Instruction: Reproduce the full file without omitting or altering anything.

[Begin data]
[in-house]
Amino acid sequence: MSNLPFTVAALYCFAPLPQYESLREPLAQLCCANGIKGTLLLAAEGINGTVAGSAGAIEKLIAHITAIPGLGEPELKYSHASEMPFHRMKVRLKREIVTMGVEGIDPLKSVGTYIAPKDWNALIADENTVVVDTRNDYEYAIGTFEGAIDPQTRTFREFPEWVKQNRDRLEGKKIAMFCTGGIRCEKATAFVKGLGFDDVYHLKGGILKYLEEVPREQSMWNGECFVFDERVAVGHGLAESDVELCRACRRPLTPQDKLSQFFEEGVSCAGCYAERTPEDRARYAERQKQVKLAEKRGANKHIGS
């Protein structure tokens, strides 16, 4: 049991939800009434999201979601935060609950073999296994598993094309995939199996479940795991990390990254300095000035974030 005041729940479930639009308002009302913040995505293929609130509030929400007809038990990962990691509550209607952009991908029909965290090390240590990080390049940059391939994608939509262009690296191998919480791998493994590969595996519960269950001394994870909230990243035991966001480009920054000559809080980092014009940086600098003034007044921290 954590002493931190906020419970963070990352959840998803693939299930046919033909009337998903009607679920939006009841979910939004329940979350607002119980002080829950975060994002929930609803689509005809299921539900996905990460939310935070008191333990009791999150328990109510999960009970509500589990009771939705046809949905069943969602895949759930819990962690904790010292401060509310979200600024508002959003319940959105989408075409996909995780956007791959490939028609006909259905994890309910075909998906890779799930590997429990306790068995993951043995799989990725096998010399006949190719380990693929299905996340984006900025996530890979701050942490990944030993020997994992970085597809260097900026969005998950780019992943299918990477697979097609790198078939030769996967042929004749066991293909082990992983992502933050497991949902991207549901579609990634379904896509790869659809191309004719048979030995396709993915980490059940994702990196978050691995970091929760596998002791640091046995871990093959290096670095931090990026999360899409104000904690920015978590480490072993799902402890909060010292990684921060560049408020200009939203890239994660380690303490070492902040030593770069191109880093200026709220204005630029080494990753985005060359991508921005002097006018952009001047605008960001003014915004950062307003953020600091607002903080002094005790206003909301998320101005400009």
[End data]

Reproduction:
[in-house]
Amino acid sequence: MSNLPFTVAALYCFAPLPQYESLREPLAQLCCANGIKGTLLLAAEGINGTVAGSAGAIEKLIAHITAIPGLGEPELKYSHASEMPFHRMKVRLKREIVTMGVEGIDPLKSVGTYIAPKDWNALIADENTVVVDTRNDYEYAIGTFEGAIDPQTRTFREFPEWVKQNRDRLEGKKIAMFCTGGIRCEKATAFVKGLGFDDVYHLKGGILKYLEEVPREQSMWNGECFVFDERVAVGHGLAESDVELCRACRRPLTPQDKLSQFFEEGVSCAGCYAERTPEDRARYAERQKQVKLAEKRGANKHIGS
């Protein structure tokens, strides 16, 4: 049991939800009434999201979601935060609950073999296994598993094309995939199996479940795991990390990254300095000035974030 005041729940479930639009308002009302913040995505293929609130509030929400007809038990990962990691509550209607952009991908029909965290090390240590990080390049940059391939994608939509262009690296191998919480791998493994590969595996519960269950001394994870909230990243035991966001480009920054000559809080980092014009940086600098003034007044921290 954590002493931190906020419970963070990352959840998803693939299930046919033909009337998903009607679920939006009841979910939004329940979350607002119980002080829950975060994002929930609803689509005809299921539900996905990460939310935070008191333990009791999150328990109510999960009970509500589990009771939705046809949905069943969602895949759930819990962690904790010292401060509310979200600024508002959003319940959105989408075409996909995780956007791959490939028609006909259905994890309910075909998906890779799930590997429990306790068995993951043995799989990725096998010399006949190719380990693929299905996340984006900025996530890979701050942490990944030993020997994992970085597809260097900026969005998950780019992943299918990477697979097609790198078939030769996967042929004749066991293909082990992983992502933050497991949902991207549901579609990634379904896509790869659809191309004719048979030995396709993915980490059940994702990196978050691995970091929760596998002791640091046995871990093959290096670095931090990026999360899409104000904690920015978590480490072993799902402890909060010292990684921060560049408020200009939203890239994660380690303490070492902040030593770069191109880093200026709220204005630029080494990753985005060359991508921005002097006018952009001047605008960001003014915004950062307003953020600091607002903080002094005790206003909301998320101005400009």